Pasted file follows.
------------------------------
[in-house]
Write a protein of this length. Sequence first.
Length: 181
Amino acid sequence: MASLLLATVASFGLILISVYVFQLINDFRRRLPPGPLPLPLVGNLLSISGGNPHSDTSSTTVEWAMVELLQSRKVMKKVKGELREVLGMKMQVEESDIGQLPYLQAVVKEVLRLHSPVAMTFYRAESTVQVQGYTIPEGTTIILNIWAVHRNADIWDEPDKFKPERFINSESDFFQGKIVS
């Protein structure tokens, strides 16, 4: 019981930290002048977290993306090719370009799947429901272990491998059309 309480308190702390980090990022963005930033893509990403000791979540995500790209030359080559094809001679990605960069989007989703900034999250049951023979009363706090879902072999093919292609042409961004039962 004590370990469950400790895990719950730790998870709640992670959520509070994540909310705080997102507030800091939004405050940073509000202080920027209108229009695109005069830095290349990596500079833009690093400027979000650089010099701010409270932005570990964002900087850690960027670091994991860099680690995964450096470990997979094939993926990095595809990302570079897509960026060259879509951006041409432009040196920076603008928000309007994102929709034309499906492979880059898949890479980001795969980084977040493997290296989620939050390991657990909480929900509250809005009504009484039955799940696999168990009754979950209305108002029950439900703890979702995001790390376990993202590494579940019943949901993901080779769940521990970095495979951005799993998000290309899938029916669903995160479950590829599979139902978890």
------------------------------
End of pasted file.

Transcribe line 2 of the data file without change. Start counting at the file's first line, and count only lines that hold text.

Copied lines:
Write a protein of this length. Sequence first.